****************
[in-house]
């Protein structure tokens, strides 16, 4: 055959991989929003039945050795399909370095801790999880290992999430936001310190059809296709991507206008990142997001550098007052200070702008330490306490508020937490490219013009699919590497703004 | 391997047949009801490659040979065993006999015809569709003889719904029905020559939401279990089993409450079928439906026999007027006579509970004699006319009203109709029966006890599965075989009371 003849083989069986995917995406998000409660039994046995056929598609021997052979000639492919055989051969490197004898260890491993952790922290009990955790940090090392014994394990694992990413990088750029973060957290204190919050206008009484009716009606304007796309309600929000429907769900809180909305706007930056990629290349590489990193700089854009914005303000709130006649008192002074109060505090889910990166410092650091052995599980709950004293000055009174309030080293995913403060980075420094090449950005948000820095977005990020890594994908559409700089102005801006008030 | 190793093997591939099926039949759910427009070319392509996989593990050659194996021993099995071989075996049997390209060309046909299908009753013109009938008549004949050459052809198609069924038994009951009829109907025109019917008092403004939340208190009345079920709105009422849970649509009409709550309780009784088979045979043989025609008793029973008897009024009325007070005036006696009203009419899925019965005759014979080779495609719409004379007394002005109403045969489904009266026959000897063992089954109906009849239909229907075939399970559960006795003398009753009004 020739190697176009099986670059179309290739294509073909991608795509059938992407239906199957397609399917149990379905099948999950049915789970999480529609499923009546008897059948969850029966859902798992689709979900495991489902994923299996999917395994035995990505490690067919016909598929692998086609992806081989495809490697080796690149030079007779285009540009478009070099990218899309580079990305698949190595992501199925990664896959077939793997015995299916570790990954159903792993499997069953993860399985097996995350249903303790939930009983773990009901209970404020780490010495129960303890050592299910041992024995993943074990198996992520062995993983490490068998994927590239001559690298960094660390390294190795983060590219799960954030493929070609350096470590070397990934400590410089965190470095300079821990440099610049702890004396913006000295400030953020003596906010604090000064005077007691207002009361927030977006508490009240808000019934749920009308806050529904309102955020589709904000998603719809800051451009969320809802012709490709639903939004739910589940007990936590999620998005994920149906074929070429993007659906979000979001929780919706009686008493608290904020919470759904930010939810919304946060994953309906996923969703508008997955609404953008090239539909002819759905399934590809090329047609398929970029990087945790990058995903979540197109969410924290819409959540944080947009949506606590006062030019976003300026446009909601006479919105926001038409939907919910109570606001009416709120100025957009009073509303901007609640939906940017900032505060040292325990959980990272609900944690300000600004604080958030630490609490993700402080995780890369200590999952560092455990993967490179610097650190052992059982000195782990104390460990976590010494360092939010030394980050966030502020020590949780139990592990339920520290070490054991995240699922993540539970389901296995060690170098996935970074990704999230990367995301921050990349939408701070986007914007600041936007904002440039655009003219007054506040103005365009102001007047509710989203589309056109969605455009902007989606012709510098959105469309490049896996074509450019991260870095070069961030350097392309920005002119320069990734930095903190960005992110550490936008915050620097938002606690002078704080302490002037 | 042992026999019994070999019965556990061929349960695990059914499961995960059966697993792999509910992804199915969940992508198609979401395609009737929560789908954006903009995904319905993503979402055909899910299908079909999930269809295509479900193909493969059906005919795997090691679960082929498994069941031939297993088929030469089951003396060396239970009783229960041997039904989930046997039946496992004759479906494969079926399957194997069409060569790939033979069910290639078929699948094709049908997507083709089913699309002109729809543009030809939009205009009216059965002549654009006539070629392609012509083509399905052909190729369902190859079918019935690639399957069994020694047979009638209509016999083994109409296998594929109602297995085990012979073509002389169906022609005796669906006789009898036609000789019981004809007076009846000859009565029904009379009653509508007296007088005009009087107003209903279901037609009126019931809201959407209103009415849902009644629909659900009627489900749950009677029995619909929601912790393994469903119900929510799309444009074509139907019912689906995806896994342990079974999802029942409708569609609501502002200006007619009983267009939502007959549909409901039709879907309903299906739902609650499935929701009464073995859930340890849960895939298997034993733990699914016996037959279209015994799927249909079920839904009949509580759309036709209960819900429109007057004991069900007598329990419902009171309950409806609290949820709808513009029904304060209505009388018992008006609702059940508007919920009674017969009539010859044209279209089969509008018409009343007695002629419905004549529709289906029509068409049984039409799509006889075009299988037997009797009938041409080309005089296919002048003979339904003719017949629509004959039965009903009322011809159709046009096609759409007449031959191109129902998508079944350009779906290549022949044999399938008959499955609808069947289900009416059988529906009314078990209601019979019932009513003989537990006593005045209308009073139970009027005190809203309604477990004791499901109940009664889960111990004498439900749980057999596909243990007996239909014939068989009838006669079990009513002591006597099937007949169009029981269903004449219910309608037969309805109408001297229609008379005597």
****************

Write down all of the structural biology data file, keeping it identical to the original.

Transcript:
[in-house]
């Protein structure tokens, strides 16, 4: 055959991989929003039945050795399909370095801790999880290992999430936001310190059809296709991507206008990142997001550098007052200070702008330490306490508020937490490219013009699919590497703004 | 391997047949009801490659040979065993006999015809569709003889719904029905020559939401279990089993409450079928439906026999007027006579509970004699006319009203109709029966006890599965075989009371 003849083989069986995917995406998000409660039994046995056929598609021997052979000639492919055989051969490197004898260890491993952790922290009990955790940090090392014994394990694992990413990088750029973060957290204190919050206008009484009716009606304007796309309600929000429907769900809180909305706007930056990629290349590489990193700089854009914005303000709130006649008192002074109060505090889910990166410092650091052995599980709950004293000055009174309030080293995913403060980075420094090449950005948000820095977005990020890594994908559409700089102005801006008030 | 190793093997591939099926039949759910427009070319392509996989593990050659194996021993099995071989075996049997390209060309046909299908009753013109009938008549004949050459052809198609069924038994009951009829109907025109019917008092403004939340208190009345079920709105009422849970649509009409709550309780009784088979045979043989025609008793029973008897009024009325007070005036006696009203009419899925019965005759014979080779495609719409004379007394002005109403045969489904009266026959000897063992089954109906009849239909229907075939399970559960006795003398009753009004 020739190697176009099986670059179309290739294509073909991608795509059938992407239906199957397609399917149990379905099948999950049915789970999480529609499923009546008897059948969850029966859902798992689709979900495991489902994923299996999917395994035995990505490690067919016909598929692998086609992806081989495809490697080796690149030079007779285009540009478009070099990218899309580079990305698949190595992501199925990664896959077939793997015995299916570790990954159903792993499997069953993860399985097996995350249903303790939930009983773990009901209970404020780490010495129960303890050592299910041992024995993943074990198996992520062995993983490490068998994927590239001559690298960094660390390294190795983060590219799960954030493929070609350096470590070397990934400590410089965190470095300079821990440099610049702890004396913006000295400030953020003596906010604090000064005077007691207002009361927030977006508490009240808000019934749920009308806050529904309102955020589709904000998603719809800051451009969320809802012709490709639903939004739910589940007990936590999620998005994920149906074929070429993007659906979000979001929780919706009686008493608290904020919470759904930010939810919304946060994953309906996923969703508008997955609404953008090239539909002819759905399934590809090329047609398929970029990087945790990058995903979540197109969410924290819409959540944080947009949506606590006062030019976003300026446009909601006479919105926001038409939907919910109570606001009416709120100025957009009073509303901007609640939906940017900032505060040292325990959980990272609900944690300000600004604080958030630490609490993700402080995780890369200590999952560092455990993967490179610097650190052992059982000195782990104390460990976590010494360092939010030394980050966030502020020590949780139990592990339920520290070490054991995240699922993540539970389901296995060690170098996935970074990704999230990367995301921050990349939408701070986007914007600041936007904002440039655009003219007054506040103005365009102001007047509710989203589309056109969605455009902007989606012709510098959105469309490049896996074509450019991260870095070069961030350097392309920005002119320069990734930095903190960005992110550490936008915050620097938002606690002078704080302490002037 | 042992026999019994070999019965556990061929349960695990059914499961995960059966697993792999509910992804199915969940992508198609979401395609009737929560789908954006903009995904319905993503979402055909899910299908079909999930269809295509479900193909493969059906005919795997090691679960082929498994069941031939297993088929030469089951003396060396239970009783229960041997039904989930046997039946496992004759479906494969079926399957194997069409060569790939033979069910290639078929699948094709049908997507083709089913699309002109729809543009030809939009205009009216059965002549654009006539070629392609012509083509399905052909190729369902190859079918019935690639399957069994020694047979009638209509016999083994109409296998594929109602297995085990012979073509002389169906022609005796669906006789009898036609000789019981004809007076009846000859009565029904009379009653509508007296007088005009009087107003209903279901037609009126019931809201959407209103009415849902009644629909659900009627489900749950009677029995619909929601912790393994469903119900929510799309444009074509139907019912689906995806896994342990079974999802029942409708569609609501502002200006007619009983267009939502007959549909409901039709879907309903299906739902609650499935929701009464073995859930340890849960895939298997034993733990699914016996037959279209015994799927249909079920839904009949509580759309036709209960819900429109007057004991069900007598329990419902009171309950409806609290949820709808513009029904304060209505009388018992008006609702059940508007919920009674017969009539010859044209279209089969509008018409009343007695002629419905004549529709289906029509068409049984039409799509006889075009299988037997009797009938041409080309005089296919002048003979339904003719017949629509004959039965009903009322011809159709046009096609759409007449031959191109129902998508079944350009779906290549022949044999399938008959499955609808069947289900009416059988529906009314078990209601019979019932009513003989537990006593005045209308009073139970009027005190809203309604477990004791499901109940009664889960111990004498439900749980057999596909243990007996239909014939068989009838006669079990009513002591006597099937007949169009029981269903004449219910309608037969309805109408001297229609008379005597």